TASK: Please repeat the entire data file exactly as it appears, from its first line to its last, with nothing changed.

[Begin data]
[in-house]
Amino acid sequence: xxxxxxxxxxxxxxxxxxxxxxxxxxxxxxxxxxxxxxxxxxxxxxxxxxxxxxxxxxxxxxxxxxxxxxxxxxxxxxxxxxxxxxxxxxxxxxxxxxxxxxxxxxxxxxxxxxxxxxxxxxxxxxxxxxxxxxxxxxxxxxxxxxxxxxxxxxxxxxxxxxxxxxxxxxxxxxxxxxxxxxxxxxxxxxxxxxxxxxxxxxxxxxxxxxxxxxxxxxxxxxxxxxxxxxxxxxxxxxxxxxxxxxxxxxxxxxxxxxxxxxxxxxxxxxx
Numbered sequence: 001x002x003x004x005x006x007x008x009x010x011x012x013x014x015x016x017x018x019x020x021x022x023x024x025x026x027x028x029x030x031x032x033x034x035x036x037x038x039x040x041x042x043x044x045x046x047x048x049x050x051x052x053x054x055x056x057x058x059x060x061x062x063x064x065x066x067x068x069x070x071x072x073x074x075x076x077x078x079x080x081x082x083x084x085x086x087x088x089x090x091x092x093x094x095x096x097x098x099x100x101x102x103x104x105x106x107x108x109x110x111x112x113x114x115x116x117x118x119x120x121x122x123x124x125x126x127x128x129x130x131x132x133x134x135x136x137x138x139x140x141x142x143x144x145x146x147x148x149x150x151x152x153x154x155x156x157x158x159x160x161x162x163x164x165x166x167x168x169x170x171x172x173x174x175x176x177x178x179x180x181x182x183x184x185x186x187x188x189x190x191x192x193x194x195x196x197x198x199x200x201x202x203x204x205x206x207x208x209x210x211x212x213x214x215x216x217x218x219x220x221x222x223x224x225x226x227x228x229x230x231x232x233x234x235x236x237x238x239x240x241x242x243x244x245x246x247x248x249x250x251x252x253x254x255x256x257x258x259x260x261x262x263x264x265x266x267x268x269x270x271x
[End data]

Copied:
[in-house]
Amino acid sequence: xxxxxxxxxxxxxxxxxxxxxxxxxxxxxxxxxxxxxxxxxxxxxxxxxxxxxxxxxxxxxxxxxxxxxxxxxxxxxxxxxxxxxxxxxxxxxxxxxxxxxxxxxxxxxxxxxxxxxxxxxxxxxxxxxxxxxxxxxxxxxxxxxxxxxxxxxxxxxxxxxxxxxxxxxxxxxxxxxxxxxxxxxxxxxxxxxxxxxxxxxxxxxxxxxxxxxxxxxxxxxxxxxxxxxxxxxxxxxxxxxxxxxxxxxxxxxxxxxxxxxxxxxxxxxxx
Numbered sequence: 001x002x003x004x005x006x007x008x009x010x011x012x013x014x015x016x017x018x019x020x021x022x023x024x025x026x027x028x029x030x031x032x033x034x035x036x037x038x039x040x041x042x043x044x045x046x047x048x049x050x051x052x053x054x055x056x057x058x059x060x061x062x063x064x065x066x067x068x069x070x071x072x073x074x075x076x077x078x079x080x081x082x083x084x085x086x087x088x089x090x091x092x093x094x095x096x097x098x099x100x101x102x103x104x105x106x107x108x109x110x111x112x113x114x115x116x117x118x119x120x121x122x123x124x125x126x127x128x129x130x131x132x133x134x135x136x137x138x139x140x141x142x143x144x145x146x147x148x149x150x151x152x153x154x155x156x157x158x159x160x161x162x163x164x165x166x167x168x169x170x171x172x173x174x175x176x177x178x179x180x181x182x183x184x185x186x187x188x189x190x191x192x193x194x195x196x197x198x199x200x201x202x203x204x205x206x207x208x209x210x211x212x213x214x215x216x217x218x219x220x221x222x223x224x225x226x227x228x229x230x231x232x233x234x235x236x237x238x239x240x241x242x243x244x245x246x247x248x249x250x251x252x253x254x255x256x257x258x259x260x261x262x263x264x265x266x267x268x269x270x271x